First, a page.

Great Living Chola Temples-World Heritage Sites In India

Great Living Chola Temples: World Heritage Sites In India

This UNESCO World Heritage Sites In India includes three temples: the Brihadeeswarar Temple in Thanjavur, the Brihadisvara Temple in Gangaikonda Cholapuram, and the Airavatesvara Temple in Darasuram. They are outstanding examples of Chola architecture.

World Heritage Sites In India

The Great Living Chola Temples refer to a group of temples located in the Indian state of Tamil Nadu, which were built during the Chola dynasty’s reign (9th to 12th centuries CE). These temples are renowned for their architectural grandeur, exquisite craftsmanship, and historical significance, and they collectively represent some of the finest examples of Dravidian temple architecture.

The Great Living Chola Temples comprise three main temples, all of which have been designated as UNESCO World Heritage Sites In India:

  1. Brihadeeswarar Temple, Thanjavur: Also known as the Brihadeeswara Temple or Big Temple, this grand temple is dedicated to Lord Shiva and was built by Emperor Raja Raja Chola I in the 11th century. It is renowned for its massive gopuram (entrance tower), which rises to a height of around 216 feet (66 meters), making it one of the tallest temple towers in India. The temple’s main sanctum houses a towering lingam (an abstract representation of Lord Shiva) and features intricate carvings and sculptures depicting various Hindu deities and mythological scenes.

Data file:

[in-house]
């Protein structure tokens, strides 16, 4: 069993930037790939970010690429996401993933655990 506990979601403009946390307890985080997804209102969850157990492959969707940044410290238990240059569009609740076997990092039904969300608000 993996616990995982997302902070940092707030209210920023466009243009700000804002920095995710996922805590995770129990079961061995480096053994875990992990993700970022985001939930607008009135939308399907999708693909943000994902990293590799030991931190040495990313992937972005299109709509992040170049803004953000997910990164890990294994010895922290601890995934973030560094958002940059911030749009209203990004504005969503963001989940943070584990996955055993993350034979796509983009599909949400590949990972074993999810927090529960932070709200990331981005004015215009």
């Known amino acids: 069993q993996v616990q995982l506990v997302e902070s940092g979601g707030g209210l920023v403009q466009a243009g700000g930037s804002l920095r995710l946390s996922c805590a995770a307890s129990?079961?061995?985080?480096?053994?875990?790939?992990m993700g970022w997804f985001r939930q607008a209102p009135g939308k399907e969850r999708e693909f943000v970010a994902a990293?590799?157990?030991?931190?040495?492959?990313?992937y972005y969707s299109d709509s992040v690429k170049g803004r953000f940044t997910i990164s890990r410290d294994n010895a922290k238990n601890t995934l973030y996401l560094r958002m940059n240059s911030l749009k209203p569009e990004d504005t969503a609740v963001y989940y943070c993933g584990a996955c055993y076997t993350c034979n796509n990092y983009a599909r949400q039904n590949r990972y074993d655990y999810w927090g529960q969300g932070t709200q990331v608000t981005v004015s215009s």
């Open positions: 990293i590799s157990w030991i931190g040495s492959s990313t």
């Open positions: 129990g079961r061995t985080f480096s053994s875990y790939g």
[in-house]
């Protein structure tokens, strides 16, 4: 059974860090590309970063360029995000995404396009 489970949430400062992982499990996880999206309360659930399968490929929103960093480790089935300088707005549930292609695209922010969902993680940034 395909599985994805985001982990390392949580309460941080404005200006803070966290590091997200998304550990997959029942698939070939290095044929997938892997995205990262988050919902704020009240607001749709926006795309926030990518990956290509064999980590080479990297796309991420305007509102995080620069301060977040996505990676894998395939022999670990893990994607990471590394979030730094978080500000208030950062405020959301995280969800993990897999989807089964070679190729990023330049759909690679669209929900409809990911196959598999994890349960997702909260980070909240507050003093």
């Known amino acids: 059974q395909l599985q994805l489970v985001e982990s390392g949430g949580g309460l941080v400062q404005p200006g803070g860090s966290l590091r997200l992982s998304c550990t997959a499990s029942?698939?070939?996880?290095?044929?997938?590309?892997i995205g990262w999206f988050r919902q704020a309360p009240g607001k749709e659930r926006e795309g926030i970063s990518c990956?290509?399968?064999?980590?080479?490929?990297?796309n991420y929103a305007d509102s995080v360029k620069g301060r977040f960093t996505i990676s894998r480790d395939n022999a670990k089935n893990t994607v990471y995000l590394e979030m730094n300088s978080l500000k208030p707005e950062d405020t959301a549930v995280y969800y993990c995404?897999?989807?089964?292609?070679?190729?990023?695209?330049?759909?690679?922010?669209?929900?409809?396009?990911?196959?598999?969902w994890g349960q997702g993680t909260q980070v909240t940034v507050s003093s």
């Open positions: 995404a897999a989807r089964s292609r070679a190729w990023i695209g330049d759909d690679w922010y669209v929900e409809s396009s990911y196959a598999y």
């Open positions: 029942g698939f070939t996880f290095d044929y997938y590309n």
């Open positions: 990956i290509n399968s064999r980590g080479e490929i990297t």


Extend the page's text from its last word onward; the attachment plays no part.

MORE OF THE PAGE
2. Brihadisvara Temple, Gangaikonda Cholapuram: Constructed by Emperor Rajendra Chola I in the 11th century, this temple is dedicated to Lord Shiva and is similar in architectural style to the Brihadeeswarar Temple in Thanjavur. While slightly smaller in scale, it shares many of the same architectural features, including a towering gopuram and intricately carved sculptures. The temple complex also includes a large Nandi (sacred bull) statue and several smaller shrines.
  3. Airavatesvara Temple, Darasuram: This temple, dedicated to Lord Shiva, was built by Emperor Rajaraja Chola II in the 12th century. It is known for its architectural elegance and intricate stone carvings, including depictions of celestial beings, dancers, and mythological scenes. The temple’s main sanctum features a lingam and a unique mandapam (hall) supported by intricately carved pillars.

The Great Living Chola Temples are not only architectural marvels but also significant religious and cultural sites that continue to attract devotees, scholars, and tourists from around the world. They exemplify the Chola dynasty’s patronage of the arts and their contributions to South Indian temple architecture, which have left an indelible mark on India’s cultural heritage.

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